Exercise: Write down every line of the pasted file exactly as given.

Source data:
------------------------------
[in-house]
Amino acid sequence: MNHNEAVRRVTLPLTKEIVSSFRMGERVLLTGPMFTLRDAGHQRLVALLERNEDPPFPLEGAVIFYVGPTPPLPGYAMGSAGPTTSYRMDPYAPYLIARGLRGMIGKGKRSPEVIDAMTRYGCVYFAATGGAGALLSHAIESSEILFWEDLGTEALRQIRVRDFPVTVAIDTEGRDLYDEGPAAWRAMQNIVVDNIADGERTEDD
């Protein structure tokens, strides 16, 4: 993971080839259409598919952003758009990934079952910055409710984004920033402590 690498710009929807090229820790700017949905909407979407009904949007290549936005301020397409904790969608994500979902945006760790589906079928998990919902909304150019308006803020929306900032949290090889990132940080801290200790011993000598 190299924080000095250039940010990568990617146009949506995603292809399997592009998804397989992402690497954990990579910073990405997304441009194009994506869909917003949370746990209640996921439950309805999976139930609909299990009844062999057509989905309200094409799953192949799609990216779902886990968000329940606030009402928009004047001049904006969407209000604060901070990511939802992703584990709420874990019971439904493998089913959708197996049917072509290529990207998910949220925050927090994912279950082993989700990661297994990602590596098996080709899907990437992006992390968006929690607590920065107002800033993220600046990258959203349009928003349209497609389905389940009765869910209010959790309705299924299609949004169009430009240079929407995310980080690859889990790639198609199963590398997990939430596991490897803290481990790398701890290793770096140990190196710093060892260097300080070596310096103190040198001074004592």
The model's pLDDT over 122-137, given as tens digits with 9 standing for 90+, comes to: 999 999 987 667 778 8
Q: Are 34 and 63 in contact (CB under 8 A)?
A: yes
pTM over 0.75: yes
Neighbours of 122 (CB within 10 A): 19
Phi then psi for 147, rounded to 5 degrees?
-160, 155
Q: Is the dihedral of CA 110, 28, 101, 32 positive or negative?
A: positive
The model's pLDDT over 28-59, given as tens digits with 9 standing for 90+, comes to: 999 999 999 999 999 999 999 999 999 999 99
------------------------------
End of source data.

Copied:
[in-house]
Amino acid sequence: MNHNEAVRRVTLPLTKEIVSSFRMGERVLLTGPMFTLRDAGHQRLVALLERNEDPPFPLEGAVIFYVGPTPPLPGYAMGSAGPTTSYRMDPYAPYLIARGLRGMIGKGKRSPEVIDAMTRYGCVYFAATGGAGALLSHAIESSEILFWEDLGTEALRQIRVRDFPVTVAIDTEGRDLYDEGPAAWRAMQNIVVDNIADGERTEDD
């Protein structure tokens, strides 16, 4: 993971080839259409598919952003758009990934079952910055409710984004920033402590 690498710009929807090229820790700017949905909407979407009904949007290549936005301020397409904790969608994500979902945006760790589906079928998990919902909304150019308006803020929306900032949290090889990132940080801290200790011993000598 190299924080000095250039940010990568990617146009949506995603292809399997592009998804397989992402690497954990990579910073990405997304441009194009994506869909917003949370746990209640996921439950309805999976139930609909299990009844062999057509989905309200094409799953192949799609990216779902886990968000329940606030009402928009004047001049904006969407209000604060901070990511939802992703584990709420874990019971439904493998089913959708197996049917072509290529990207998910949220925050927090994912279950082993989700990661297994990602590596098996080709899907990437992006992390968006929690607590920065107002800033993220600046990258959203349009928003349209497609389905389940009765869910209010959790309705299924299609949004169009430009240079929407995310980080690859889990790639198609199963590398997990939430596991490897803290481990790398701890290793770096140990190196710093060892260097300080070596310096103190040198001074004592």
The model's pLDDT over 122-137, given as tens digits with 9 standing for 90+, comes to: 999 999 987 667 778 8
Q: Are 34 and 63 in contact (CB under 8 A)?
A: yes
pTM over 0.75: yes
Neighbours of 122 (CB within 10 A): 19
Phi then psi for 147, rounded to 5 degrees?
-160, 155
Q: Is the dihedral of CA 110, 28, 101, 32 positive or negative?
A: positive
The model's pLDDT over 28-59, given as tens digits with 9 standing for 90+, comes to: 999 999 999 999 999 999 999 999 999 999 99